Periodontal disease is a condition of the bone-anchored teeth. It is typically caused by improper brushing and frequent flossing techniques that cause tartar (a hard coating of bacteria) to build up on the tooth surface and become hard. In advanced stages, serious periodontal infection can cause severe sore, bleeding gums, painful chewing difficulties; and tooth loss.
Periodontal disease has no specific cure, but it can be treated effectively using a variety of oral health therapies. These include dietary changes, which can help you reduce your risk of developing the disease, as well as antibiotics to help prevent it from progressing to the advanced stages.
Periodontal diseases occur most often among people who are overweight, and research has shown that those who have periodontal infections also have a higher risk of having heart disease, stroke, diabetes, and certain types of cancers. If left untreated, however, periodontitis can cause a lot of pain and embarrassment, and even lead to tooth-loss or permanent damage.
Periodontal diseases usually affects people who are in their 30’s and above. In fact, if left untreated, many adults may find themselves unable to chew their food or even drink coffee. Other signs of periodontitis include swollen gums, and an unpleasant taste in the mouth. Some people may experience difficulty eating or speaking due to sore gums and pain, while others will develop bad breath due to bacteria building up in the mouth. Unfortunately, the best defense against periodontitis is prevention, so you should take care of your gums by regularly brushing and flossing.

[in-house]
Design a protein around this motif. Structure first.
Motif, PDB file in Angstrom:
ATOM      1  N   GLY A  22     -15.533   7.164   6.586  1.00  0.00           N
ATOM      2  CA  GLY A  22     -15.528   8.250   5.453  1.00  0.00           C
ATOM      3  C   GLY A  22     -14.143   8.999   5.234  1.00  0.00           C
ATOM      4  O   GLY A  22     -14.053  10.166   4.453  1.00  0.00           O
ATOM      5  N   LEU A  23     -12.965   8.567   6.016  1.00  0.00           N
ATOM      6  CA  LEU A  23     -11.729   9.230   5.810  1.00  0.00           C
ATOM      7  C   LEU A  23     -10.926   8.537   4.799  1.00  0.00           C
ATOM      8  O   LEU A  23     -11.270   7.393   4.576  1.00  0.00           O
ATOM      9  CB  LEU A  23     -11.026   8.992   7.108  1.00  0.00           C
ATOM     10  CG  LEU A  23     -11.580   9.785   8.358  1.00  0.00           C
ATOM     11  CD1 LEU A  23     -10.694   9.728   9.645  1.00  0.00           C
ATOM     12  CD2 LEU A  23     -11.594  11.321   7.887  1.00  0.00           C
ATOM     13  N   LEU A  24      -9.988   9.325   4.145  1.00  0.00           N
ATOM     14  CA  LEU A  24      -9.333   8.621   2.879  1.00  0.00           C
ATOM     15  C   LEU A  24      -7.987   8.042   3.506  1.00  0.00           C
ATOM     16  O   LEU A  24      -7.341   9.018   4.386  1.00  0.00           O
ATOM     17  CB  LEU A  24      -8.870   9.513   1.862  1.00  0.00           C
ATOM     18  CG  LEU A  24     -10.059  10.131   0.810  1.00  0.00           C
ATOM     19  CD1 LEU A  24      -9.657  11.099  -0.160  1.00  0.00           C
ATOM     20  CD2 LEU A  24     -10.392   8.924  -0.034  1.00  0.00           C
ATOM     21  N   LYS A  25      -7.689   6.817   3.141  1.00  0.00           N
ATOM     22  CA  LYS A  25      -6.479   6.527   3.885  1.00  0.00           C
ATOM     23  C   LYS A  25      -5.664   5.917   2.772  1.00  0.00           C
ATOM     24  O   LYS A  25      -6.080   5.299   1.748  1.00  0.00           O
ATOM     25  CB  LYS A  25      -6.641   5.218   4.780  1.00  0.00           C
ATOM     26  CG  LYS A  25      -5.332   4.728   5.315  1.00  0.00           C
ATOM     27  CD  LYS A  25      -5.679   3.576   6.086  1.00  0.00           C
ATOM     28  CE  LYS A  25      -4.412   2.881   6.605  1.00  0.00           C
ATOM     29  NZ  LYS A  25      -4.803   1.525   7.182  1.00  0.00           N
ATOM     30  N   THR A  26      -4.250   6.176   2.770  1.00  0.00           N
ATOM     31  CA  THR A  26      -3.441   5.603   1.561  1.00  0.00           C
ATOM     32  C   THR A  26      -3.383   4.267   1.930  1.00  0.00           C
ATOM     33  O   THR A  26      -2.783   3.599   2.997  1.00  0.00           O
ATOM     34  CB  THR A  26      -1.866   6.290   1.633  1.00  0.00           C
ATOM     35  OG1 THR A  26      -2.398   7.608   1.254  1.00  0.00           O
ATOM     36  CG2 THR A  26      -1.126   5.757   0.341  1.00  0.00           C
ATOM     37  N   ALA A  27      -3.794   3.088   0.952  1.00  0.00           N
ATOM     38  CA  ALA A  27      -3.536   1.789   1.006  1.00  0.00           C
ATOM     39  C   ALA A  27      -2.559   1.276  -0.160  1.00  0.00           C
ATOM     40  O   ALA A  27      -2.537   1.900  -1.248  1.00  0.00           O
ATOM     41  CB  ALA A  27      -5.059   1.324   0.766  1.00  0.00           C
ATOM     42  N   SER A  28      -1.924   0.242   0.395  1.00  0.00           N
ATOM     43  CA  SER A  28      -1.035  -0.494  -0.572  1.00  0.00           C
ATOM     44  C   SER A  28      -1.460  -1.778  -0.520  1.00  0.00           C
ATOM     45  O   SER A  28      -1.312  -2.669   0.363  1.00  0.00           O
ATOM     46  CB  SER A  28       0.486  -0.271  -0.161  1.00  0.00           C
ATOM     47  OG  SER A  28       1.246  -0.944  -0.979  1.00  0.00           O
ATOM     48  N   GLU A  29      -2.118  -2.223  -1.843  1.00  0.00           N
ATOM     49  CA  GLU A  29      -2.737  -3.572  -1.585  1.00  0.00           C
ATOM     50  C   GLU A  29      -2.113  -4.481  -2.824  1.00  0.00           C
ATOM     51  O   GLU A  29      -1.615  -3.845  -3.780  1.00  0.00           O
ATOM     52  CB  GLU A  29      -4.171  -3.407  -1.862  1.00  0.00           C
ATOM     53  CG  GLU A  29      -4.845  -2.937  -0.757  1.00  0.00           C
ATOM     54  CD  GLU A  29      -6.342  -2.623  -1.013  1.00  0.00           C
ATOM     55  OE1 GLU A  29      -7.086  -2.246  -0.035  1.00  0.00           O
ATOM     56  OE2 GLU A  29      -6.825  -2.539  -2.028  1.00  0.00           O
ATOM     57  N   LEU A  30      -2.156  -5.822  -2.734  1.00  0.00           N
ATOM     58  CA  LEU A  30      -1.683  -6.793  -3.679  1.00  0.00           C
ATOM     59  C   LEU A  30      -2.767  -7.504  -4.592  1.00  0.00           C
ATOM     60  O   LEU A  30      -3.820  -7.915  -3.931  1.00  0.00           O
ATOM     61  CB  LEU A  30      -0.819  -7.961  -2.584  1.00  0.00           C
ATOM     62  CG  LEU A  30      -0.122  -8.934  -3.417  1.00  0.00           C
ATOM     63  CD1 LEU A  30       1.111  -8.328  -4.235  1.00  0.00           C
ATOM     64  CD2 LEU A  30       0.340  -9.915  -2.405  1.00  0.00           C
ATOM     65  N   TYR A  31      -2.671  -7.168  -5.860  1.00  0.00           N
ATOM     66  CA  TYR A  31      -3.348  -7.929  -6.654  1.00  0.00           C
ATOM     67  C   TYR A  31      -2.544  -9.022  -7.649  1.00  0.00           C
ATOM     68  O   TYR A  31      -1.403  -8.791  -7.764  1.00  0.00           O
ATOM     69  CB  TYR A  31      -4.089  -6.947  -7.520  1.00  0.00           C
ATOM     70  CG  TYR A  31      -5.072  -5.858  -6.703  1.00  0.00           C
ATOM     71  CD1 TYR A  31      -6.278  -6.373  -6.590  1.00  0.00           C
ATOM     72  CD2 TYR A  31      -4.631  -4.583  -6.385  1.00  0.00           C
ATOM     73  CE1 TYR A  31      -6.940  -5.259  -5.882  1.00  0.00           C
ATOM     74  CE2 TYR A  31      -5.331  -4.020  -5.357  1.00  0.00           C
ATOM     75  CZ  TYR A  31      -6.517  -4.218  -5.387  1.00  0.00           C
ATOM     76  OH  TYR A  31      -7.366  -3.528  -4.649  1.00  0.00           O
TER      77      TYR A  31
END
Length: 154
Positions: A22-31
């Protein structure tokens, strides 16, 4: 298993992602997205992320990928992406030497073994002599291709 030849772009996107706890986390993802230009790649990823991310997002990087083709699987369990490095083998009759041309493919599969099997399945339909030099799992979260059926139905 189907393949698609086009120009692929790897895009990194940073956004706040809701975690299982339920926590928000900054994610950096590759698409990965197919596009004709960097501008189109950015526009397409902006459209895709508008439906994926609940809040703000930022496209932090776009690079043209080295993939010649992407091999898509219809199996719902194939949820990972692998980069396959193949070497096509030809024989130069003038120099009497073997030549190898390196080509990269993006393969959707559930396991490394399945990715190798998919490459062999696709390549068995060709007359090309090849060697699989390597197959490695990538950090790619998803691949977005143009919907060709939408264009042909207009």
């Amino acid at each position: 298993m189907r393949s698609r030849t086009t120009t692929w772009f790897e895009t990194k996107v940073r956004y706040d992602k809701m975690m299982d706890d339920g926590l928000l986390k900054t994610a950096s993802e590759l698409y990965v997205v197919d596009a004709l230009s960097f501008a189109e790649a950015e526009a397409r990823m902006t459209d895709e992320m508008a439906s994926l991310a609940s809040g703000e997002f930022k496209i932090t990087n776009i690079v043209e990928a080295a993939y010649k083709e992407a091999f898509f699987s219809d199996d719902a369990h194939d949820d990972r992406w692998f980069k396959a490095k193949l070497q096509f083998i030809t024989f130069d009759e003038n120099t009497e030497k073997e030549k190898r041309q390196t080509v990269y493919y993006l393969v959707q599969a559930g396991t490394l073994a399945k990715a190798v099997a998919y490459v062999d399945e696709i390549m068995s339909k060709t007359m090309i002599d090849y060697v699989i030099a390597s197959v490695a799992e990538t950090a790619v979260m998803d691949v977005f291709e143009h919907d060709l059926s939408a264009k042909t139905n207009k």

Many oral health treatments, such as mouthwashes, gels, mouthwashes, and medications, can be used to help heal the gum tissue and prevent future development. Many over-the-counter medications have proven to be effective in treating periodontitis, especially if applied the right away. Oral antibiotics can also help keep the bacteria levels low in the mouth, which helps in preventing further infection.
Periodontal diseases do not only affect your gums, but they can also affect your bones. Research has shown that a buildup of plaque between the teeth can contribute to osteoporosis and osteoarthritis. As a result, it is important to have regular check-ups with a dentist and/periodontist regularly.
Although gum disease may not cause major problems on its own, there are still some risks that may arise. If you are a smoker, you should stop. Smoking can actually increase the risk of having gum disease because the nicotine actually helps to stimulate the growth of the bacteria in the mouth, and can also reduce saliva production. Smoking also weakens your jaw, and can lead to difficulty chewing.
Periodontal disease can be treated in a variety of ways, depending on the type of disease you have. Treatments such as antibiotics and mouthwashes can help you reduce bacteria levels, while surgery can remove pockets of bone, which can encourage bacteria to grow. But these are typically only recommended for mild cases.
If you notice any signs or symptoms of periodontal disease, be sure to visit your dentist or oral health professional right away for a proper diagnosis. If left unchecked, gum disease can lead to severe complications, so it is important to act quickly.